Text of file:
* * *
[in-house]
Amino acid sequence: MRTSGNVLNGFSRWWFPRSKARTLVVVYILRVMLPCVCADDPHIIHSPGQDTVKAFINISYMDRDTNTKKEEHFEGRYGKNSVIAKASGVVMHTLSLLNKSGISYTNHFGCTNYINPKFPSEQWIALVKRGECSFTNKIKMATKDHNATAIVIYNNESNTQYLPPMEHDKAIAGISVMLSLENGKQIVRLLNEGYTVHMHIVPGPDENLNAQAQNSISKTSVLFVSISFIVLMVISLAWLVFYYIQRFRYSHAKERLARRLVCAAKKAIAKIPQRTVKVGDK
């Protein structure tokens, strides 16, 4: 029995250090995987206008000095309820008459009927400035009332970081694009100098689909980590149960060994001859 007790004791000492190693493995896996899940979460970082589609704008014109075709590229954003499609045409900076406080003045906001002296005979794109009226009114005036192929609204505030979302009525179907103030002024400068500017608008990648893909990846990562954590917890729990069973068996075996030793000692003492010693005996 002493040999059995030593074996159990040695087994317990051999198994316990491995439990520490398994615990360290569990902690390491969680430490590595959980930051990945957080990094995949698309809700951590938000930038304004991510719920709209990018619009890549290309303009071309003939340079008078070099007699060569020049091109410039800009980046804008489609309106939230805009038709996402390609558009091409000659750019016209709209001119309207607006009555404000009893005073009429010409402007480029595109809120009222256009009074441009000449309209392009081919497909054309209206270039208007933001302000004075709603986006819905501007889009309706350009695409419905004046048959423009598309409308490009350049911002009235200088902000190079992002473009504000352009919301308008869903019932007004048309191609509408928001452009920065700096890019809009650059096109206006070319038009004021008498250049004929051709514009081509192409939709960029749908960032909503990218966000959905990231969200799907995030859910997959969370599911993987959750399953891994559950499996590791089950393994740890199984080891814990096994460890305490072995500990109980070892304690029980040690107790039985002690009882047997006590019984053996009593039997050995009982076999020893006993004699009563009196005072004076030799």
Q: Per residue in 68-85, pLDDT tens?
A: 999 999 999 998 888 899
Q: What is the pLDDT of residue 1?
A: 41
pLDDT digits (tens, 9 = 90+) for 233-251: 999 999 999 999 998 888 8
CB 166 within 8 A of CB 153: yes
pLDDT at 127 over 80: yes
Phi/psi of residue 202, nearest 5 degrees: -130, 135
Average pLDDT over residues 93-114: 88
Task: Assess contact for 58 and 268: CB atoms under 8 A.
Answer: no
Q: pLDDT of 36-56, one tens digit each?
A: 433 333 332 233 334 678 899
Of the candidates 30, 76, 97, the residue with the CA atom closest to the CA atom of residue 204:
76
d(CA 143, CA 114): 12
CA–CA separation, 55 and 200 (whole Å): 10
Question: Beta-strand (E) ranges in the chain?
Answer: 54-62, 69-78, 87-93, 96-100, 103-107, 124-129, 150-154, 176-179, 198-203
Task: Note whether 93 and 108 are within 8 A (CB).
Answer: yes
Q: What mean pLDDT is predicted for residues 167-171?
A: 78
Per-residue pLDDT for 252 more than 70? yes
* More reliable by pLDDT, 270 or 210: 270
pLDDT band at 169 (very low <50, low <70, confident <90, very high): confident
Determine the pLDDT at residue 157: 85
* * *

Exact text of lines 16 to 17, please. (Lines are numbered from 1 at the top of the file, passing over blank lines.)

A: 433 333 332 233 334 678 899
Of the candidates 30, 76, 97, the residue with the CA atom closest to the CA atom of residue 204: